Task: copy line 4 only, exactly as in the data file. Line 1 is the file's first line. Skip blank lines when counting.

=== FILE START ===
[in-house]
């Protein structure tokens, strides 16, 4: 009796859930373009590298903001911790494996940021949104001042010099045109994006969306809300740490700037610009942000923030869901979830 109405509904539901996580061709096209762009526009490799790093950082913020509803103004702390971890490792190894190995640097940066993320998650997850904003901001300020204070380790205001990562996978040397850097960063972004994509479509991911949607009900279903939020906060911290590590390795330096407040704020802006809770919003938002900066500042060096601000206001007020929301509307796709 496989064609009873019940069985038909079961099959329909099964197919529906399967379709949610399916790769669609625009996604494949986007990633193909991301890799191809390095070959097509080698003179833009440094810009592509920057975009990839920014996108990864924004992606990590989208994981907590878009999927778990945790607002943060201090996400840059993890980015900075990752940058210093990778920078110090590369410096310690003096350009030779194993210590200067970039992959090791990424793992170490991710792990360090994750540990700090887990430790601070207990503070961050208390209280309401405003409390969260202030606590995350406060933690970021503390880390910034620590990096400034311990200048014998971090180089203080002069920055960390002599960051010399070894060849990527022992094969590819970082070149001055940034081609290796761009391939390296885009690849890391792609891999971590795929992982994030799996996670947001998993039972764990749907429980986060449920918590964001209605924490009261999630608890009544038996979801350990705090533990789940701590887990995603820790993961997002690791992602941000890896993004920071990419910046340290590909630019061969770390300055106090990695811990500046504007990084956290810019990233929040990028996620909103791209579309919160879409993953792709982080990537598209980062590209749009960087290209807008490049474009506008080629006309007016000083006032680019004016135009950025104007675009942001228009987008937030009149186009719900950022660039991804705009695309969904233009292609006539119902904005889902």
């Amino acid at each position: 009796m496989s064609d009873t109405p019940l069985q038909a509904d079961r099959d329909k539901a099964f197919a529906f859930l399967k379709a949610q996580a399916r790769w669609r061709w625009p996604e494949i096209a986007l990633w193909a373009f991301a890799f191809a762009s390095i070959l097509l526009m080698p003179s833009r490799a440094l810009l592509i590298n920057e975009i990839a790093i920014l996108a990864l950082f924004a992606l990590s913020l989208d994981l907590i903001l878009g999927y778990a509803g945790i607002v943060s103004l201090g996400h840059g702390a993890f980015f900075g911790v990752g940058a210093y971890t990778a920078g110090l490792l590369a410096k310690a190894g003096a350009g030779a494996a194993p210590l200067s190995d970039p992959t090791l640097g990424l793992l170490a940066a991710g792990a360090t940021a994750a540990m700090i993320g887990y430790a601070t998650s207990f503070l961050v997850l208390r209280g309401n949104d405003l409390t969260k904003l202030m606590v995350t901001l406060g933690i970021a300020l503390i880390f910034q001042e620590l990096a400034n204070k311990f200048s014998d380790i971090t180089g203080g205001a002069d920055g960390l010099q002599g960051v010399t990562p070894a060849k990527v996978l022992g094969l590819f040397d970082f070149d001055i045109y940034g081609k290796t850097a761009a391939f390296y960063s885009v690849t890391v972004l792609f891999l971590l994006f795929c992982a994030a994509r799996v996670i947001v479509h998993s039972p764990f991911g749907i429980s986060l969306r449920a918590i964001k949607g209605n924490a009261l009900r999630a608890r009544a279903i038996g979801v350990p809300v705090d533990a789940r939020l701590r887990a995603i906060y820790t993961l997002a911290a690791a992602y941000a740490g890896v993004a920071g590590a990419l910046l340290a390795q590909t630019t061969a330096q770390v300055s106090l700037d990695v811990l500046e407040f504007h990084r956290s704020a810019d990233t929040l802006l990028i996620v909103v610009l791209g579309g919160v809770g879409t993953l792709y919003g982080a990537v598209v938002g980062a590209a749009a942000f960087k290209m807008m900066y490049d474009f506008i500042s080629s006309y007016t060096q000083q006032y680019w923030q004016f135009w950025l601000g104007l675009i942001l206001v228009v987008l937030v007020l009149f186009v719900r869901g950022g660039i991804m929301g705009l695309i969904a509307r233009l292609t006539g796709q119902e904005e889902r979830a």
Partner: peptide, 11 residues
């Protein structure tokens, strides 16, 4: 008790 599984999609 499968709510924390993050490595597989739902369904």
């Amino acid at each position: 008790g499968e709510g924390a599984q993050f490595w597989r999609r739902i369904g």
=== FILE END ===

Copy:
Partner: peptide, 11 residues